“It’s different for a white child. That’s just the reality in this country,” de Blasio said. “And with Dante, very early on with my son, we said, ‘Look, if a police officer stops you, do everything he tells you to do, don’t move suddenly, don’t reach for your cellphone,’ because we knew, sadly, there’s a greater chance it might be misinterpreted if it was a young man of color.”

That echoed previous statements the mayor had made, going back to a campaign ad in which he invoked his Afro-wearing teenage son to explain his opposition to the New York Police Department’s controversial “stop and frisk” tactic, which entailed stopping hundreds of thousands of people a year for what was deemed suspicious activity. The vast majority of those targeted were nonwhite and innocent of any wrongdoing.

Lynch, head of the Patrolmen’s Benevolent Association of the City of New York, complained that such comments made police officers feel as though they had been “thrown under the bus.”

Members of the city’s police force, along with its firefighters, achieved iconic status for their performance as first responders in the terrorist attacks of Sept. 11, 2001. People wore hats and shirts emblazoned with “NYPD” not just in New York, but around the country.

In recent years, the attention on the department has focused more on the question of whether enforcement is applied fairly. De Blasio’s opposition to stop-and-frisk was a major emphasis when the former New York City public advocate ran for mayor, and a New York Times analysis in September found that the tactic “all but vanished” after he took office.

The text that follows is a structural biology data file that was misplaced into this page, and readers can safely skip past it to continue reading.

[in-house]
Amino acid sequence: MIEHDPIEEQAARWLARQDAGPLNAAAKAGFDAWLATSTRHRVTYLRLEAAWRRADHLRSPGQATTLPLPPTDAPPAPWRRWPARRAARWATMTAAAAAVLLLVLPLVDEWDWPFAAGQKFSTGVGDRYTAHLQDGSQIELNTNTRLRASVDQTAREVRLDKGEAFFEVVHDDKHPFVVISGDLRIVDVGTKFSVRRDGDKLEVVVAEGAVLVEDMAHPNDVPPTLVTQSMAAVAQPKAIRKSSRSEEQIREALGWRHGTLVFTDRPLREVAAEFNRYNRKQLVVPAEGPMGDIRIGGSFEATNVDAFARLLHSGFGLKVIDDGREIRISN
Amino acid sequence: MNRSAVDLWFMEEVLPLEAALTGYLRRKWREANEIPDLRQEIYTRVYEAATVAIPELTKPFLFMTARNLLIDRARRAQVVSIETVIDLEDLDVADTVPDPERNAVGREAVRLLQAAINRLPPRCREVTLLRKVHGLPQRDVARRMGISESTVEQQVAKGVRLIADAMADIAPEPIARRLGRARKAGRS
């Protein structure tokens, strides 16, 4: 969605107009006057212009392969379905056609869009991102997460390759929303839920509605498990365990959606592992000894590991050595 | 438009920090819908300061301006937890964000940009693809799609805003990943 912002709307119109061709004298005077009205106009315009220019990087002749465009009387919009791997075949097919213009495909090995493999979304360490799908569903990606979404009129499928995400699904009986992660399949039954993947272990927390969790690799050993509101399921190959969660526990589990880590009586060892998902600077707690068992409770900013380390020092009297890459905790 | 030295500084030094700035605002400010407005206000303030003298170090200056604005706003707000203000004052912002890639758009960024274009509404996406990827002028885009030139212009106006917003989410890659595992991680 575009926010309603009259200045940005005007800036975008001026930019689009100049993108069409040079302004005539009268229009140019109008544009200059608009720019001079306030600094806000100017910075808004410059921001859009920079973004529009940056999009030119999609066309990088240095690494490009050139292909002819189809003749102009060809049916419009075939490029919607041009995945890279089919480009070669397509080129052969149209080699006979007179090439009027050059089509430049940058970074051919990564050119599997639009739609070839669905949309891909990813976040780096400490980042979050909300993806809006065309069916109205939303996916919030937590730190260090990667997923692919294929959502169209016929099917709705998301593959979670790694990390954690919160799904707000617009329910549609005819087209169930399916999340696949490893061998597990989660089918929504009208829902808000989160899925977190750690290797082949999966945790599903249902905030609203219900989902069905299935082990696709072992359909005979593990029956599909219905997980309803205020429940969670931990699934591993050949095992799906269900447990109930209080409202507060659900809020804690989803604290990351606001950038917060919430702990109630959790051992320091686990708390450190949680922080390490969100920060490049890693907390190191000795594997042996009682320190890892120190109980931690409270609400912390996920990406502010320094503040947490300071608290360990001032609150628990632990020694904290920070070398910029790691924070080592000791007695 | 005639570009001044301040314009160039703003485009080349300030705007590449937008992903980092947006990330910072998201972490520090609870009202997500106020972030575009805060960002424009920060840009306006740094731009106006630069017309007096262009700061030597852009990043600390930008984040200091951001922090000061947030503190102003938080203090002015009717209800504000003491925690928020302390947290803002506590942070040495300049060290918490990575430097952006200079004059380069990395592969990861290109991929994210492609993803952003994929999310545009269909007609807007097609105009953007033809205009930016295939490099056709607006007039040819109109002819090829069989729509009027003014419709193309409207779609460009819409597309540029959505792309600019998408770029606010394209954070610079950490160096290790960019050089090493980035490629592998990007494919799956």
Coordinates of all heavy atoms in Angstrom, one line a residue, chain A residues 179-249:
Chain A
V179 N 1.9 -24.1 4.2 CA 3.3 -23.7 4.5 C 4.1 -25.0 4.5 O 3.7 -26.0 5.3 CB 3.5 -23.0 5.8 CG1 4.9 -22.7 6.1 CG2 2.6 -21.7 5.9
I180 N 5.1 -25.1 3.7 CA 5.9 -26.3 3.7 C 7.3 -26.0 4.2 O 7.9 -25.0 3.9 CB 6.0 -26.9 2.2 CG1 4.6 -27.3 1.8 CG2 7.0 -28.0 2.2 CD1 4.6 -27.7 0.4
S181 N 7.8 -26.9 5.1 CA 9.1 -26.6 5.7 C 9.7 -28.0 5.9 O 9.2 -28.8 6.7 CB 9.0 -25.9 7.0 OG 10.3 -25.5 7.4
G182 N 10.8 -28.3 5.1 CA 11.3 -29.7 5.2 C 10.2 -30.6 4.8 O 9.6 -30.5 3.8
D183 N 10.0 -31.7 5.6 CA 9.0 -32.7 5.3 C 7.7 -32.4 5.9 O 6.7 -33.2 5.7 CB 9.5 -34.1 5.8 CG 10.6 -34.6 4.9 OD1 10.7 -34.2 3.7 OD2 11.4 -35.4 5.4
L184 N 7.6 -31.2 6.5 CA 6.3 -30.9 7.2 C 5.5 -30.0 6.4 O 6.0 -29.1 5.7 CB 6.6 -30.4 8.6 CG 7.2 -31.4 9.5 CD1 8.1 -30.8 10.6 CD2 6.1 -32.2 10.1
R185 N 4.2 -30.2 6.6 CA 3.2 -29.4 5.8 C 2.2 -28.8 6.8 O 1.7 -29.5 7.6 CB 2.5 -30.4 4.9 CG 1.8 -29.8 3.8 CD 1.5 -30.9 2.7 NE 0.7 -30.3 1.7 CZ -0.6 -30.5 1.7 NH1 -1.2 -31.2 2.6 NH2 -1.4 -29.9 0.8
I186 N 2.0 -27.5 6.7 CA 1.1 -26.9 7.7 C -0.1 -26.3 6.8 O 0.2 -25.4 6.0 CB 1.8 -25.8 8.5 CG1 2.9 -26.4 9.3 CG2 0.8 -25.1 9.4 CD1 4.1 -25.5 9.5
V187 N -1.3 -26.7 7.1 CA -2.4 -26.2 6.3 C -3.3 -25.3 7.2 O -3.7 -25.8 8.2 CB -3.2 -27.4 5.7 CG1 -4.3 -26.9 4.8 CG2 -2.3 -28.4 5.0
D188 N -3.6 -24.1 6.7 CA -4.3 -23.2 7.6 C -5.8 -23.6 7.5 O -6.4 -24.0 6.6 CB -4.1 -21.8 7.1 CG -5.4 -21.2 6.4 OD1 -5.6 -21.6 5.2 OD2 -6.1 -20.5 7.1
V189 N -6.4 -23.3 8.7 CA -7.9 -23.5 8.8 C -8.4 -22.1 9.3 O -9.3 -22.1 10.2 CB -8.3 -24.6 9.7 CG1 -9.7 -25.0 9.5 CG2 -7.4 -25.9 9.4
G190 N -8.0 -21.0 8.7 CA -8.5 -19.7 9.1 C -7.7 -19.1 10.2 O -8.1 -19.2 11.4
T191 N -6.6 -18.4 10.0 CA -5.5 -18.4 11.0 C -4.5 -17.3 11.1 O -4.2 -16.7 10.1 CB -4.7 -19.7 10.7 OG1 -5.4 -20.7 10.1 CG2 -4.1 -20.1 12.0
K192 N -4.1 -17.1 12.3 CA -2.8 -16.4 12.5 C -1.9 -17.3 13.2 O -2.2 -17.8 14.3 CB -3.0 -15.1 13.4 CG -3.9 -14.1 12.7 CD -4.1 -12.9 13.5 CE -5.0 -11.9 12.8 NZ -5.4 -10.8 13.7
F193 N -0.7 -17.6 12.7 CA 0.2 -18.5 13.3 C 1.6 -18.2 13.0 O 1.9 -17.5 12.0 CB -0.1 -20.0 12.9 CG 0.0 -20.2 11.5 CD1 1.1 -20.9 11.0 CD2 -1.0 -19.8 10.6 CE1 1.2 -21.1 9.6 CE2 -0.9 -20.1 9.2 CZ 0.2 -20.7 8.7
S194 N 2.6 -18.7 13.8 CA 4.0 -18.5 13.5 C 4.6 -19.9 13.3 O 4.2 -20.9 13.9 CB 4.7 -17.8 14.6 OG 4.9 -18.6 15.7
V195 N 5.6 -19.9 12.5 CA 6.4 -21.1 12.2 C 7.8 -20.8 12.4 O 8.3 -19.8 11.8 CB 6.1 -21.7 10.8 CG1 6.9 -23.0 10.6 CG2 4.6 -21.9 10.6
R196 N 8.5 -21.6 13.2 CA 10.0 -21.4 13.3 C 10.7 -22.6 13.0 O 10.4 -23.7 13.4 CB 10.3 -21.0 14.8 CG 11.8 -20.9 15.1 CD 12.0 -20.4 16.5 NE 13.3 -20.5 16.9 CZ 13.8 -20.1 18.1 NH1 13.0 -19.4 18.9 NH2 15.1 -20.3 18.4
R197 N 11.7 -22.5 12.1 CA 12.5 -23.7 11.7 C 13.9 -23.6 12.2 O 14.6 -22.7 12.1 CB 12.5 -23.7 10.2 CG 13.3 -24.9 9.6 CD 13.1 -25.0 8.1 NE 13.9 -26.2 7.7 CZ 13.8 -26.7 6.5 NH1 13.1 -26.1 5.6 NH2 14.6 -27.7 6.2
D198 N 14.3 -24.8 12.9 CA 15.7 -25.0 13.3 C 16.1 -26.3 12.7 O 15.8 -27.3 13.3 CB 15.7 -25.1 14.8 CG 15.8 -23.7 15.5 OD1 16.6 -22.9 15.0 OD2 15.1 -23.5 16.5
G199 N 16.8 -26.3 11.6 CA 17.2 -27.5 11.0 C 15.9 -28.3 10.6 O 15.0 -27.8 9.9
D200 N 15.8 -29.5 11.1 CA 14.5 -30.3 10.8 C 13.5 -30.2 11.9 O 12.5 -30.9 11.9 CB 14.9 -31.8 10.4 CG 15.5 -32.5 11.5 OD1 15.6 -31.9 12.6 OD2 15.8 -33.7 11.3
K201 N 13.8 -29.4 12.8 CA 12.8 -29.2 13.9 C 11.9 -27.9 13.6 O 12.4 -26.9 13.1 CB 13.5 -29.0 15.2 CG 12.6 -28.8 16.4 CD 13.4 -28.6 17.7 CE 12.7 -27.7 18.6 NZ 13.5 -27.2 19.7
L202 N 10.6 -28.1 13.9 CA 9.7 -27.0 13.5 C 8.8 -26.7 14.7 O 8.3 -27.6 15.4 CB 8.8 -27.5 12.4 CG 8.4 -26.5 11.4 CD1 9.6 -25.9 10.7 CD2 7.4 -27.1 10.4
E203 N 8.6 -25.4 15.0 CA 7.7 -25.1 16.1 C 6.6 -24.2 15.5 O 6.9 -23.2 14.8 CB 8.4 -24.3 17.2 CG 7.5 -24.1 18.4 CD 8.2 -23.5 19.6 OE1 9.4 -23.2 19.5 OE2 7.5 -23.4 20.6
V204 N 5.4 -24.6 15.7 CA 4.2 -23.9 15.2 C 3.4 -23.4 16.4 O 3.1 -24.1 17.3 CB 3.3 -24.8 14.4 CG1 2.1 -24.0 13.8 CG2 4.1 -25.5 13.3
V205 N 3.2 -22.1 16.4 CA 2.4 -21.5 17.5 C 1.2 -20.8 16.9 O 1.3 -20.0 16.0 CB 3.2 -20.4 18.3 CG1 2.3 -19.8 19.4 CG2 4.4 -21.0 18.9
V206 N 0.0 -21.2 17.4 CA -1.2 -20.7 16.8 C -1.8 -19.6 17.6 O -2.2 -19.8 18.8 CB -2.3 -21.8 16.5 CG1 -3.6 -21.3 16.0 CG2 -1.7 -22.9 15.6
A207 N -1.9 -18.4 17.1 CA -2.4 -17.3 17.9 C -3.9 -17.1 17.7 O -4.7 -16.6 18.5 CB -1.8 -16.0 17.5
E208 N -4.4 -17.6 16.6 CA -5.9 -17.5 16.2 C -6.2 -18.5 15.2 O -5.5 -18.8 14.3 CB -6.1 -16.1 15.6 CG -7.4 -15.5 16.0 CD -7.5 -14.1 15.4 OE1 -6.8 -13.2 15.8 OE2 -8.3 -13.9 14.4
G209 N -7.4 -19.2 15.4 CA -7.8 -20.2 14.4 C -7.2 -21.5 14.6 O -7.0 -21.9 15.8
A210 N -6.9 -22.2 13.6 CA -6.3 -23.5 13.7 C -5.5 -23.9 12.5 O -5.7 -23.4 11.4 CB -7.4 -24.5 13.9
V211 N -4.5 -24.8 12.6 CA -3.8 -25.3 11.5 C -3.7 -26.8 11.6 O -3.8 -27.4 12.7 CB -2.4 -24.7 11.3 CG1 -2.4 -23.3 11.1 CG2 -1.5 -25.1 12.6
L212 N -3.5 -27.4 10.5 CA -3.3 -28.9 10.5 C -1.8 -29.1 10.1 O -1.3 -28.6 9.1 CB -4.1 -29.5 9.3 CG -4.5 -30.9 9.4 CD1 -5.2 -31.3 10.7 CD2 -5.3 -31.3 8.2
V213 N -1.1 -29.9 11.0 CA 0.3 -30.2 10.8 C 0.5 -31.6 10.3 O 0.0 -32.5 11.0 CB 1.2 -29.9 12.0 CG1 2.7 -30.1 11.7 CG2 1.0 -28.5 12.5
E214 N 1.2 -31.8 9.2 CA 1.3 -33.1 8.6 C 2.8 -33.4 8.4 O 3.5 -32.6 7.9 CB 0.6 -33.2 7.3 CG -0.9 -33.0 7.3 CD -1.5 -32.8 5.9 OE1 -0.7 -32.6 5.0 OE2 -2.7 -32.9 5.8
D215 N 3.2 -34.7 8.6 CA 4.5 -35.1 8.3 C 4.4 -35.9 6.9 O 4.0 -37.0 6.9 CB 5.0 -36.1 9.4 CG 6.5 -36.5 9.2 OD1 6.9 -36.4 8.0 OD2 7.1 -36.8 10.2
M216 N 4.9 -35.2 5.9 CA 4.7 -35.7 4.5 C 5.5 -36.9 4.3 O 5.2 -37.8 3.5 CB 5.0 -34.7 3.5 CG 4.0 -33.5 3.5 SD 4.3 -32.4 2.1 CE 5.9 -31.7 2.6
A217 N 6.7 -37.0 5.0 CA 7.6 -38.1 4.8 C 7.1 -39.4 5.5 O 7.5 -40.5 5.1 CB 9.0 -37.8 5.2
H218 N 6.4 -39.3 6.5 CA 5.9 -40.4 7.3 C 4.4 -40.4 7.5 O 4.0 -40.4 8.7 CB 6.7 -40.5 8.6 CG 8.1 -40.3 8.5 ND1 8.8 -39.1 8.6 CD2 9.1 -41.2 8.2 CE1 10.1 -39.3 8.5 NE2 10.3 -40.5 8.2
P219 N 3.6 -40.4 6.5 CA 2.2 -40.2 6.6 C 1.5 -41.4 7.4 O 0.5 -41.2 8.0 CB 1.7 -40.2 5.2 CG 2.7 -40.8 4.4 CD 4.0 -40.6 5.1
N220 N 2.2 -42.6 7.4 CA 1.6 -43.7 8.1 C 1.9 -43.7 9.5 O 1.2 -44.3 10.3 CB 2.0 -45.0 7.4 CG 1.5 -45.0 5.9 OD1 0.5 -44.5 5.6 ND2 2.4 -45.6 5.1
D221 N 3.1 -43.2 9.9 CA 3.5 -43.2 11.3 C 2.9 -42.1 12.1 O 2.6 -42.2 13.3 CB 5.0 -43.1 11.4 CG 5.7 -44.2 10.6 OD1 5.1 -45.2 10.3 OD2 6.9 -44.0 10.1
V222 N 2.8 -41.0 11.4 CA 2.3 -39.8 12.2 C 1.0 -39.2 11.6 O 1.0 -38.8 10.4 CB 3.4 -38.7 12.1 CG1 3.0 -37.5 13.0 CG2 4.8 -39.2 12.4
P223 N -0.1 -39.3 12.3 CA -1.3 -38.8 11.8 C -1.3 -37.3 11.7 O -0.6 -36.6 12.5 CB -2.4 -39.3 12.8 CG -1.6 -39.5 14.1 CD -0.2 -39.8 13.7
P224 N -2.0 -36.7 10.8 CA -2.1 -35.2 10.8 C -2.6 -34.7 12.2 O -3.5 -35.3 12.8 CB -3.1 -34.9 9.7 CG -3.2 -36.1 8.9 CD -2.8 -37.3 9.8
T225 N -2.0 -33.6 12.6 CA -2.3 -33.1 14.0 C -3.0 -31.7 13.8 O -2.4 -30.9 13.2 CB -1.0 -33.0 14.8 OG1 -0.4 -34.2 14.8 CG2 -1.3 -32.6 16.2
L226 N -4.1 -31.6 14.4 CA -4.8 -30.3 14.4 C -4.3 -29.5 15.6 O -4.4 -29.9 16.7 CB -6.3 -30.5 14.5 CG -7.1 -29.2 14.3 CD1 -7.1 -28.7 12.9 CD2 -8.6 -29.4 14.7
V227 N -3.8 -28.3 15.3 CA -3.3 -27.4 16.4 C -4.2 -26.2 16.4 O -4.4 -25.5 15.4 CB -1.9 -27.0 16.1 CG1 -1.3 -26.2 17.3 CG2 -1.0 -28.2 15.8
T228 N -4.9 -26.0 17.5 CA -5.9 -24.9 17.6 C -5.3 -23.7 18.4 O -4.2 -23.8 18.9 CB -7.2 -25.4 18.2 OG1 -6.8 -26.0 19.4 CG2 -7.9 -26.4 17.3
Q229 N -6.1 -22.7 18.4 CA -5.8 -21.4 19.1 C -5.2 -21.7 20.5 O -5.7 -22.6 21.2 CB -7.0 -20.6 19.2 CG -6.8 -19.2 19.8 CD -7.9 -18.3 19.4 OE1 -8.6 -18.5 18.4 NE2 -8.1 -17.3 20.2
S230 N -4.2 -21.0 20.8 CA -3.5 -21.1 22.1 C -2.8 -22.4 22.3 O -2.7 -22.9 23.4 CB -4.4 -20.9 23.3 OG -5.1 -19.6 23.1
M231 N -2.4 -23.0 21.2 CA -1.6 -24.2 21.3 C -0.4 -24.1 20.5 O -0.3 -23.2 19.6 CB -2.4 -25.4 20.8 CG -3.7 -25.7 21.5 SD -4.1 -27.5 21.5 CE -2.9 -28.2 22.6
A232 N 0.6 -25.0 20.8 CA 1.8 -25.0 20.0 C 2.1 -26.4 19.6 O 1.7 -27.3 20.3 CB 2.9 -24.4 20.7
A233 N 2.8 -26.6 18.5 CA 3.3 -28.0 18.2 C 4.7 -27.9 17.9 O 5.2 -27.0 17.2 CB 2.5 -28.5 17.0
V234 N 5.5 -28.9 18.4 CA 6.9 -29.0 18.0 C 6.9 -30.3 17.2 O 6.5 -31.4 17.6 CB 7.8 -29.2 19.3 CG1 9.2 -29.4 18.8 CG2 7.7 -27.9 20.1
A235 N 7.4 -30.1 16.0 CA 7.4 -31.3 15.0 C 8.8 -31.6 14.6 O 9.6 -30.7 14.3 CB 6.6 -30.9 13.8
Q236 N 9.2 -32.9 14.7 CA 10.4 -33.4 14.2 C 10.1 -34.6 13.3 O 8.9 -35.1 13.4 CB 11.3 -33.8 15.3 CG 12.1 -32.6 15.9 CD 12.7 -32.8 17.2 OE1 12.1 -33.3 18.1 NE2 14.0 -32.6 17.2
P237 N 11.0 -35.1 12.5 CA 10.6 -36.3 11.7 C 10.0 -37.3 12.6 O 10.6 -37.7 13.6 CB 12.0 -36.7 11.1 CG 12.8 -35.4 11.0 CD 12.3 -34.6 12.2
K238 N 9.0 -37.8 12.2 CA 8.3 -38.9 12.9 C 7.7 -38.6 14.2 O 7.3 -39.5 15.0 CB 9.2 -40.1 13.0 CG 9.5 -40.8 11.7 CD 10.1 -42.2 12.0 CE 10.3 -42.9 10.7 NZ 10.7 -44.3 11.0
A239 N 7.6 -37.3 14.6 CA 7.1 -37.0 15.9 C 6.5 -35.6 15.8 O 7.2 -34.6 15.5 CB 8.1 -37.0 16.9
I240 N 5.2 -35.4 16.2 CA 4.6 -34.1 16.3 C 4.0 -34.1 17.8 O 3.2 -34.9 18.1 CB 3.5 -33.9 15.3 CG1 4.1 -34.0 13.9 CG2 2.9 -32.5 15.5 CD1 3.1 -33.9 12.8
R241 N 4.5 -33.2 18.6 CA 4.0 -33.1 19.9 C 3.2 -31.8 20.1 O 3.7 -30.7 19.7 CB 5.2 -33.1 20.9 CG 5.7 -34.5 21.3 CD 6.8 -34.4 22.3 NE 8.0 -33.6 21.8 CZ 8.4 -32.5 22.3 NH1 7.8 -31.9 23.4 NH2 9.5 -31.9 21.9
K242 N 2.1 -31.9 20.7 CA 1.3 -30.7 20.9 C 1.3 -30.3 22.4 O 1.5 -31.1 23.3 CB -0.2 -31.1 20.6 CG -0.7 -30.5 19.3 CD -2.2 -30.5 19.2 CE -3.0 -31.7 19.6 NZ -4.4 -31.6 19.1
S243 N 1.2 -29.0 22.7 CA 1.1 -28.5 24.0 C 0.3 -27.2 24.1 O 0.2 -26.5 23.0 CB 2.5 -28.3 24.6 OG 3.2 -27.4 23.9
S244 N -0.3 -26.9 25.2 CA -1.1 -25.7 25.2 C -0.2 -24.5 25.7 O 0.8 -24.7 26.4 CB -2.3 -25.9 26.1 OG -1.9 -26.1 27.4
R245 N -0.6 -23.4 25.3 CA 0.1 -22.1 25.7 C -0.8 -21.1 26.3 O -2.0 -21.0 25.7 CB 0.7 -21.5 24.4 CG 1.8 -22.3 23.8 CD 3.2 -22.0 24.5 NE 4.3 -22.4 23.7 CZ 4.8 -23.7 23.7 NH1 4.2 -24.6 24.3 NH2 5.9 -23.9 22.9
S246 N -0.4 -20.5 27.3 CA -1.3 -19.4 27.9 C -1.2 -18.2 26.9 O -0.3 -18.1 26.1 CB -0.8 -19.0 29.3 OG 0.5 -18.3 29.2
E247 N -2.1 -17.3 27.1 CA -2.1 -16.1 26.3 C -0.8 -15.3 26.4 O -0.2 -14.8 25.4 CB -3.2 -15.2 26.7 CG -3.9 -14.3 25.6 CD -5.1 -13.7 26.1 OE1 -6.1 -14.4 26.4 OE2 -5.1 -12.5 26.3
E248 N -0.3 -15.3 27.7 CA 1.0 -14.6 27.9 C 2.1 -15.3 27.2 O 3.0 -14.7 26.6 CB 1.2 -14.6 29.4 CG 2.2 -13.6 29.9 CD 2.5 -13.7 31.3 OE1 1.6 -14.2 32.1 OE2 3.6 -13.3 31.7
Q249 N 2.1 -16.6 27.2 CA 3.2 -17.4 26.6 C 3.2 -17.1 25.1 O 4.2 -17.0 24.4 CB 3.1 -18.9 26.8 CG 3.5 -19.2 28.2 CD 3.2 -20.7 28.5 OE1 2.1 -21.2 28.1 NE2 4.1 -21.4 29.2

The department found itself in the middle of another controversy in July, when a group of officers descended upon Eric Garner, a Staten Island African American suspected of illegally selling loose cigarettes. Garner — an asthmatic father of six and grandfather of two — died after one of them, Officer Daniel Pantaleo, used a chokehold on him.

All of it was captured on amateur video, as were Garner’s pleas of, “I can’t breathe.” After a grand jury declined earlier this month to bring the officer to trial, protests erupted. Early on, they were seen as a peaceful, more productive contrast to those that ensued around the shooting of teenager Michael Brown by a police officer in Ferguson.

Recently, however, the demonstrations have taken a different turn — and that has increased tensions between the mayor and the department. After two police lieutenants were attacked by protesters on the Brooklyn Bridge, de Blasio described them as having been “allegedly assaulted” — terminology that rankled police.

The police union has posted a form on its Web site where officers can request that de Blasio and City Council Speaker Melissa Mark-Viverito “refrain from attending my funeral services in the event that I am killed in the line of duty.”

Minor incidents also have fueled the sense of grievance against the mayor among police. When he was late for a November memorial service for plane crash victims, for example, he blamed weather and a police ferry. De Blasio later acknowledged he “had a very rough night, woke up sluggish and I should have gotten myself moving quicker.”

One longtime associate of de Blasio, who spoke on the condition of anonymity because of the sensitivity of the moment, said that the standoff with city police “is a very potentially dangerous situation for the mayor politically.”

But the de Blasio ally predicted that the mayor is “going to weather it through. He will be evenhanded. He’s not anti-cop. [But] he is not going to be buffaloed.”